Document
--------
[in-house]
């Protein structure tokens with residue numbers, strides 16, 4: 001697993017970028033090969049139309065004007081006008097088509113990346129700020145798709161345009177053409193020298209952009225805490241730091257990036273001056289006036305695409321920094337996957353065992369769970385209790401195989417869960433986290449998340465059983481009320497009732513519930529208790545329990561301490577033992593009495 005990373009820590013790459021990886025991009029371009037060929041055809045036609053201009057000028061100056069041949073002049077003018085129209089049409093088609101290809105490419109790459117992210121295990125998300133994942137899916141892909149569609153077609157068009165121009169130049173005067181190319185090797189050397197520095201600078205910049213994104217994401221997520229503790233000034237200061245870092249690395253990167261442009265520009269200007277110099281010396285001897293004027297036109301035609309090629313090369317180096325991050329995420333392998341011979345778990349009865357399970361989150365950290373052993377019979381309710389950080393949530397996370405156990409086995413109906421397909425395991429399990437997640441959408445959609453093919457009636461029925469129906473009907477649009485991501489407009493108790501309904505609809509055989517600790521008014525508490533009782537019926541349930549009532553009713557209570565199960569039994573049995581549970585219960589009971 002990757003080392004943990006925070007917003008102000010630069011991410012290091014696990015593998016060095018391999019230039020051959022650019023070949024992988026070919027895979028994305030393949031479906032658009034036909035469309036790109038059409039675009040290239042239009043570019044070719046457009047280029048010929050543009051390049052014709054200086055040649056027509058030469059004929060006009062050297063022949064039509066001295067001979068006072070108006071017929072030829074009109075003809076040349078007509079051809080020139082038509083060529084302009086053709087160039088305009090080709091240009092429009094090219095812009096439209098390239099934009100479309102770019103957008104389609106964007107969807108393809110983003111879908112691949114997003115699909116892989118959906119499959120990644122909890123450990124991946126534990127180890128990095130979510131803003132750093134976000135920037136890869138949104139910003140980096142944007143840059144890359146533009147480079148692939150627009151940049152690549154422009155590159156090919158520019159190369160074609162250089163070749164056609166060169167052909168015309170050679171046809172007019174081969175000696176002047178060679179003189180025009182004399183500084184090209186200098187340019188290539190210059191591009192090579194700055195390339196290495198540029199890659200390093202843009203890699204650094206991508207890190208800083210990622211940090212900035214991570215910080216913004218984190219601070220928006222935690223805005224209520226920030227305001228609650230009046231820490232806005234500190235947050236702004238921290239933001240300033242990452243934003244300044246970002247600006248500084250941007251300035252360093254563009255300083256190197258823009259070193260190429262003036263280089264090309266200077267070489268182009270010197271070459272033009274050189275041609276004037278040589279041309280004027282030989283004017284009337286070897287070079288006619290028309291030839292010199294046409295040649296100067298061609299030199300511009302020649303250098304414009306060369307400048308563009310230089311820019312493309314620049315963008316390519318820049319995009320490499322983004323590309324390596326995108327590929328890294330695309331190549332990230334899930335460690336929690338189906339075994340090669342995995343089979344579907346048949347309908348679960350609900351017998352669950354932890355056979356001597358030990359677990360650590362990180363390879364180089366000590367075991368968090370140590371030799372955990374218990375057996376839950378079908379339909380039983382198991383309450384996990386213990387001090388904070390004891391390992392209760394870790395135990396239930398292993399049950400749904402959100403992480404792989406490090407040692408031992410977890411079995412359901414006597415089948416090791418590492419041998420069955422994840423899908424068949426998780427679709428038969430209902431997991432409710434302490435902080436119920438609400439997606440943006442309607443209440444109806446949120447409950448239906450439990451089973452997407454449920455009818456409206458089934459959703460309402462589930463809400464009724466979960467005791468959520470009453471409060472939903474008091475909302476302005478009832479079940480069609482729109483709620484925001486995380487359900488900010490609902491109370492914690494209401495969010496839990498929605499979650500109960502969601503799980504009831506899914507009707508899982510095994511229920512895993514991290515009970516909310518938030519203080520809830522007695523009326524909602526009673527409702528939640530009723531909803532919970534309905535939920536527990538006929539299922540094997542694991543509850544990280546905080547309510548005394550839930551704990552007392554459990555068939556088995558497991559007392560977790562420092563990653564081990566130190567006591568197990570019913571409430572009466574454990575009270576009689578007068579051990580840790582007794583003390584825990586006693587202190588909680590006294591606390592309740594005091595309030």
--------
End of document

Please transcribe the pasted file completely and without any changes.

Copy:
[in-house]
């Protein structure tokens with residue numbers, strides 16, 4: 001697993017970028033090969049139309065004007081006008097088509113990346129700020145798709161345009177053409193020298209952009225805490241730091257990036273001056289006036305695409321920094337996957353065992369769970385209790401195989417869960433986290449998340465059983481009320497009732513519930529208790545329990561301490577033992593009495 005990373009820590013790459021990886025991009029371009037060929041055809045036609053201009057000028061100056069041949073002049077003018085129209089049409093088609101290809105490419109790459117992210121295990125998300133994942137899916141892909149569609153077609157068009165121009169130049173005067181190319185090797189050397197520095201600078205910049213994104217994401221997520229503790233000034237200061245870092249690395253990167261442009265520009269200007277110099281010396285001897293004027297036109301035609309090629313090369317180096325991050329995420333392998341011979345778990349009865357399970361989150365950290373052993377019979381309710389950080393949530397996370405156990409086995413109906421397909425395991429399990437997640441959408445959609453093919457009636461029925469129906473009907477649009485991501489407009493108790501309904505609809509055989517600790521008014525508490533009782537019926541349930549009532553009713557209570565199960569039994573049995581549970585219960589009971 002990757003080392004943990006925070007917003008102000010630069011991410012290091014696990015593998016060095018391999019230039020051959022650019023070949024992988026070919027895979028994305030393949031479906032658009034036909035469309036790109038059409039675009040290239042239009043570019044070719046457009047280029048010929050543009051390049052014709054200086055040649056027509058030469059004929060006009062050297063022949064039509066001295067001979068006072070108006071017929072030829074009109075003809076040349078007509079051809080020139082038509083060529084302009086053709087160039088305009090080709091240009092429009094090219095812009096439209098390239099934009100479309102770019103957008104389609106964007107969807108393809110983003111879908112691949114997003115699909116892989118959906119499959120990644122909890123450990124991946126534990127180890128990095130979510131803003132750093134976000135920037136890869138949104139910003140980096142944007143840059144890359146533009147480079148692939150627009151940049152690549154422009155590159156090919158520019159190369160074609162250089163070749164056609166060169167052909168015309170050679171046809172007019174081969175000696176002047178060679179003189180025009182004399183500084184090209186200098187340019188290539190210059191591009192090579194700055195390339196290495198540029199890659200390093202843009203890699204650094206991508207890190208800083210990622211940090212900035214991570215910080216913004218984190219601070220928006222935690223805005224209520226920030227305001228609650230009046231820490232806005234500190235947050236702004238921290239933001240300033242990452243934003244300044246970002247600006248500084250941007251300035252360093254563009255300083256190197258823009259070193260190429262003036263280089264090309266200077267070489268182009270010197271070459272033009274050189275041609276004037278040589279041309280004027282030989283004017284009337286070897287070079288006619290028309291030839292010199294046409295040649296100067298061609299030199300511009302020649303250098304414009306060369307400048308563009310230089311820019312493309314620049315963008316390519318820049319995009320490499322983004323590309324390596326995108327590929328890294330695309331190549332990230334899930335460690336929690338189906339075994340090669342995995343089979344579907346048949347309908348679960350609900351017998352669950354932890355056979356001597358030990359677990360650590362990180363390879364180089366000590367075991368968090370140590371030799372955990374218990375057996376839950378079908379339909380039983382198991383309450384996990386213990387001090388904070390004891391390992392209760394870790395135990396239930398292993399049950400749904402959100403992480404792989406490090407040692408031992410977890411079995412359901414006597415089948416090791418590492419041998420069955422994840423899908424068949426998780427679709428038969430209902431997991432409710434302490435902080436119920438609400439997606440943006442309607443209440444109806446949120447409950448239906450439990451089973452997407454449920455009818456409206458089934459959703460309402462589930463809400464009724466979960467005791468959520470009453471409060472939903474008091475909302476302005478009832479079940480069609482729109483709620484925001486995380487359900488900010490609902491109370492914690494209401495969010496839990498929605499979650500109960502969601503799980504009831506899914507009707508899982510095994511229920512895993514991290515009970516909310518938030519203080520809830522007695523009326524909602526009673527409702528939640530009723531909803532919970534309905535939920536527990538006929539299922540094997542694991543509850544990280546905080547309510548005394550839930551704990552007392554459990555068939556088995558497991559007392560977790562420092563990653564081990566130190567006591568197990570019913571409430572009466574454990575009270576009689578007068579051990580840790582007794583003390584825990586006693587202190588909680590006294591606390592309740594005091595309030």